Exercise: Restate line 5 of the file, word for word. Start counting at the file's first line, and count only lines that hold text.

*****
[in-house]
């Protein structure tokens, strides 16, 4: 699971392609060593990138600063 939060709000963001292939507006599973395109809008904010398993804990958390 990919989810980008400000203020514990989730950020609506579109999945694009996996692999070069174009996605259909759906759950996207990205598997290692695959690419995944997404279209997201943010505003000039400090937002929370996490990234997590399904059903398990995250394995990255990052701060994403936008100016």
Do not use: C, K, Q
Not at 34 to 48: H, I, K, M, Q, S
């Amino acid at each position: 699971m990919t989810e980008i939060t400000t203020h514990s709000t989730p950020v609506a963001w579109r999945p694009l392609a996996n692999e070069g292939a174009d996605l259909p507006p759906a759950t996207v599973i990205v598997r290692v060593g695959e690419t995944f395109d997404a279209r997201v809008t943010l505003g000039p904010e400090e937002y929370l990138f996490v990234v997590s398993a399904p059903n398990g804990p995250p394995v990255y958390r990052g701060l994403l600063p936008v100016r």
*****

């Amino acid at each position: 699971m990919t989810e980008i939060t400000t203020h514990s709000t989730p950020v609506a963001w579109r999945p694009l392609a996996n692999e070069g292939a174009d996605l259909p507006p759906a759950t996207v599973i990205v598997r290692v060593g695959e690419t995944f395109d997404a279209r997201v809008t943010l505003g000039p904010e400090e937002y929370l990138f996490v990234v997590s398993a399904p059903n398990g804990p995250p394995v990255y958390r990052g701060l994403l600063p936008v100016r």